Sri Lanka is in talks for a “debt-for-nature” swap deal of up to USD 1 billion in climate-focused finance, a kind of agreement discussed at the United Nations COP27 summit in Egypt, Reuters reported citing people familiar with the matter.
According to the news report, such agreements are part of efforts to address an intractable quandary facing world leaders as to who would pay the bill for the global fight against biodiversity loss and climate change.
Sri Lanka is among several other countries including Ecuador and Cape Verde exploring the possibility of striking debt-for-nature swap deals to ease the debt problems.
A debt-for-nature swap deal is a bilateral agreement, which involves purchasing foreign debt, converting that debt into local currency and using the proceeds to fund conservation activities. The key to the transaction lies in the willingness of commercial banks (or governments) to sell debt at less than the full value of the original loan.
Reuters reported that Ecuador – a serial defaulter and its sovereign bonds are again trading at “distressed” levels, or a deep discount to their face value – is now n talks with banks and a nonprofit group in an attempt to teach a deal that would see about USD 800 million of its debt refinanced more cheaply, freeing up the savings conservation efforts.
At that level, it would be the biggest debt-for-nature swap struck to date, yet it could eventually be trumped by others, including Sri Lanka, which has been discussing a deal of up to $1 billion according to people familiar with those talks, the news agency said further.
Cape Verde, an archipelago nation off West Africa, is meanwhile close to a nature swap that could be worth up to USD 200 million, said Jean-Paul Adam, a former Seychelles government official who now works for the U.N. Economic Commission for Africa (UNECA), providing financing advice to governments.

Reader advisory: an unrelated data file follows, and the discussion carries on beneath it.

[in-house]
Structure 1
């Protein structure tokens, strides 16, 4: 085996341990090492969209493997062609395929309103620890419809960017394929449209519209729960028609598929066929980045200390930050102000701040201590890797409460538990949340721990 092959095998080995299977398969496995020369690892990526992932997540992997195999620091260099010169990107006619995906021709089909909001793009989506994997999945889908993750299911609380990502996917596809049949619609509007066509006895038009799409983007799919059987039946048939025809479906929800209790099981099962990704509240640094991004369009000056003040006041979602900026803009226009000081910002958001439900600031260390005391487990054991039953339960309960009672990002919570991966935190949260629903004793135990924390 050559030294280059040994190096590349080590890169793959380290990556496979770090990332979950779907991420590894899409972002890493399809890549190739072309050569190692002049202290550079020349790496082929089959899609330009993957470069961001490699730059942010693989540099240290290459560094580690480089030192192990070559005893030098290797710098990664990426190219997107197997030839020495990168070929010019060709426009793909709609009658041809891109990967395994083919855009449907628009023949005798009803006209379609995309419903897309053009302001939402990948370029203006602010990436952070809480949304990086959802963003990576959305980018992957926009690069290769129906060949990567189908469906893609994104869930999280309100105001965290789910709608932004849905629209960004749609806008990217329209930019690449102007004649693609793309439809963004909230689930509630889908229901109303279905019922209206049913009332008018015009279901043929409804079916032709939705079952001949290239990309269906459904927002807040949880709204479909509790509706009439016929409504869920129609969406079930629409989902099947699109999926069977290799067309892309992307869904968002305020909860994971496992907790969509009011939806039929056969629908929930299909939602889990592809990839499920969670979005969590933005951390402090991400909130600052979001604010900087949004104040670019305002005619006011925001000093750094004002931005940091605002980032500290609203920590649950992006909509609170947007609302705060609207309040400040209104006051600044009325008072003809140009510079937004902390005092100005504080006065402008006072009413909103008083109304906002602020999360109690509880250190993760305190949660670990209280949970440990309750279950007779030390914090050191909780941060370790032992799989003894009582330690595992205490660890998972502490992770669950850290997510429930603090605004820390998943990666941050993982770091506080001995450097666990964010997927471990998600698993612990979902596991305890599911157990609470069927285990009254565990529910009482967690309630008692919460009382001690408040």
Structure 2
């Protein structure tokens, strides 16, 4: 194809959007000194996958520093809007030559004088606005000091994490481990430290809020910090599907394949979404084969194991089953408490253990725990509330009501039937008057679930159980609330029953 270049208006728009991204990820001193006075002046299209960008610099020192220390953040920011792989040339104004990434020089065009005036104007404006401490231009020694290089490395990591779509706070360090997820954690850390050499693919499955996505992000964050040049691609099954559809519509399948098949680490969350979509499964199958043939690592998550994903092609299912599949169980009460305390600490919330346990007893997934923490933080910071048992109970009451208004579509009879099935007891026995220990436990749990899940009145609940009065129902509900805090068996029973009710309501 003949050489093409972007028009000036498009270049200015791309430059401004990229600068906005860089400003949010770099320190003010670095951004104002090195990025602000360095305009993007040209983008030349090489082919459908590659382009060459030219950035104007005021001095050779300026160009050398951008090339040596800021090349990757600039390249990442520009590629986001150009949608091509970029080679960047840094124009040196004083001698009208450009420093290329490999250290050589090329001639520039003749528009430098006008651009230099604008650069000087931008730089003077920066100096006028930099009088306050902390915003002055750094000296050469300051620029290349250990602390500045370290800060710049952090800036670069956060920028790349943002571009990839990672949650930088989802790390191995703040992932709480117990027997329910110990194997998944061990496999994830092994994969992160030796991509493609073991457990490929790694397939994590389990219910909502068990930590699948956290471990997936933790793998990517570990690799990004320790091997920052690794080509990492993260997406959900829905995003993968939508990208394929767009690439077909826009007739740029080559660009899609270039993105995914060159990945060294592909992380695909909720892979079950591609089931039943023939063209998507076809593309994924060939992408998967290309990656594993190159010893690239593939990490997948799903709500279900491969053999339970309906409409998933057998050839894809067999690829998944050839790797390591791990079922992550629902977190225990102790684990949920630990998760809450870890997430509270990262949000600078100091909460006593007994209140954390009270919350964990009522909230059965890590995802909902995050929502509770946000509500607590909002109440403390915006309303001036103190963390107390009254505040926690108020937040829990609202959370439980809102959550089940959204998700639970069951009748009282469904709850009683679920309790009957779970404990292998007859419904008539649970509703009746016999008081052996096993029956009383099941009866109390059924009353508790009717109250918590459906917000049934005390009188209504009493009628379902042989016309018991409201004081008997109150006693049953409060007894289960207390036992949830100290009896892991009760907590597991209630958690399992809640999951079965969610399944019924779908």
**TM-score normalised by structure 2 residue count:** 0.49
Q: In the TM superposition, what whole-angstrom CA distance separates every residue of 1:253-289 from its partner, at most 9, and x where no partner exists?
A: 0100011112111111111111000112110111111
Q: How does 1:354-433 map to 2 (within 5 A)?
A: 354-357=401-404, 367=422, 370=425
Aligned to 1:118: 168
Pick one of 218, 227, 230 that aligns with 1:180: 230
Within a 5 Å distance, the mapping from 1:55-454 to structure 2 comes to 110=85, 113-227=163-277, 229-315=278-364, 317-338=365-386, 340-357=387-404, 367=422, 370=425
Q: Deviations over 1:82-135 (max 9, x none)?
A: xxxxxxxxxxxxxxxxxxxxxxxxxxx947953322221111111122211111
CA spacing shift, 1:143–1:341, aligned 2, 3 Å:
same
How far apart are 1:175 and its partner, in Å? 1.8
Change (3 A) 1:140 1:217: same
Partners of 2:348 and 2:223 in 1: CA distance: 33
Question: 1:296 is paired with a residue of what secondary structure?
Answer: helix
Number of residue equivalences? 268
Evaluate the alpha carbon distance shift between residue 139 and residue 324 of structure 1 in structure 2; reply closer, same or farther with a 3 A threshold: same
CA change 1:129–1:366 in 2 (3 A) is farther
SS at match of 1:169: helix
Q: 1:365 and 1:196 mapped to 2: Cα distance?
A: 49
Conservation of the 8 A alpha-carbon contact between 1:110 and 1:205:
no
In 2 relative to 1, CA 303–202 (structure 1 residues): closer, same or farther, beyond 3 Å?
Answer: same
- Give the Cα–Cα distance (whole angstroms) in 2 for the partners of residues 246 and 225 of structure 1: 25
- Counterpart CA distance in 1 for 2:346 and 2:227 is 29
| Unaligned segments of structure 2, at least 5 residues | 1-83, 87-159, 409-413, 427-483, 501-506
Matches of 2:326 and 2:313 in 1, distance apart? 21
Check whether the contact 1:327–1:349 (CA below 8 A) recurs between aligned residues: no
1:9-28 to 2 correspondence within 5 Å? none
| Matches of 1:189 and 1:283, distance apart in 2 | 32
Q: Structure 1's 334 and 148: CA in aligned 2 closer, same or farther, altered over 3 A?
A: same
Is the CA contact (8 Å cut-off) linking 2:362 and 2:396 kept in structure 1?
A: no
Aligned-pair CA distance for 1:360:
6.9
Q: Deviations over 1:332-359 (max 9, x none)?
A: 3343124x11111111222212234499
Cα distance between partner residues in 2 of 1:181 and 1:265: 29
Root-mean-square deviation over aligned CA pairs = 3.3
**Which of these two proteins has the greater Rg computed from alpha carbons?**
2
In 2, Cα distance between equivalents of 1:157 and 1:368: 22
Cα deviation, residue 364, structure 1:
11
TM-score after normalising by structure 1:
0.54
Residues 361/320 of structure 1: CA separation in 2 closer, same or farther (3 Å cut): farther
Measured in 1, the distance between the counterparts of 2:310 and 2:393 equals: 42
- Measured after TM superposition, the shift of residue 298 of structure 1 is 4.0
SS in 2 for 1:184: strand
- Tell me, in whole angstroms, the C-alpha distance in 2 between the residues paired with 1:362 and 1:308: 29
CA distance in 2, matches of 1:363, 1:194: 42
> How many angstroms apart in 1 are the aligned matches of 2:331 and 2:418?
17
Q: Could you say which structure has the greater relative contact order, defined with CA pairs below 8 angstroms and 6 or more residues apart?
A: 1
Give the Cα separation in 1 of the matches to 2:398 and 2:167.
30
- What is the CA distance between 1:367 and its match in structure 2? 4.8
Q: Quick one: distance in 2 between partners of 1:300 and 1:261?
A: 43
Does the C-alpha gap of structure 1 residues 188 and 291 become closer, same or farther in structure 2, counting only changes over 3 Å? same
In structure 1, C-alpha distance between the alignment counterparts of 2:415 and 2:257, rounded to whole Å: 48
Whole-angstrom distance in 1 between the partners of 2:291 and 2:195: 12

Reuters stated that Ecuadorian, Sri Lankan and Cape Verde governments did not respond to requests for comment for this story, although Ecuadorian President Guillermo Lasso said in an local newspaper on Oct. 12 that its Galapagos swap deal could be wrapped up in four or five weeks.
The potential deals for Ecuador, Sri Lanka and Cape Verde, reported here in detail for the first time, point to a jump in interest for this form of financial alchemy, which was conceived decades ago but has remained something of a niche area until recently.
Only three of over 140 or so swaps struck over the past 35 years – the first in 1987 – had a value of more than a quarter of a billion dollars, according to global data published by the African Development Bank. The average size was $26.6 million.
The combined value of swap deals to date is $3.7 billion, according to the data. That’s a fraction of the $400 billion of emerging market sovereign debt analysts at Capital Economics recently estimated had fallen to distressed levels.
Advocates say that those current debt problems, combined with the growing political will and the recent successful swap deals in the Seychelles, Belize and Barbados, mean a swathe of other countries are now exploring the model.
Source – Adaderana.lk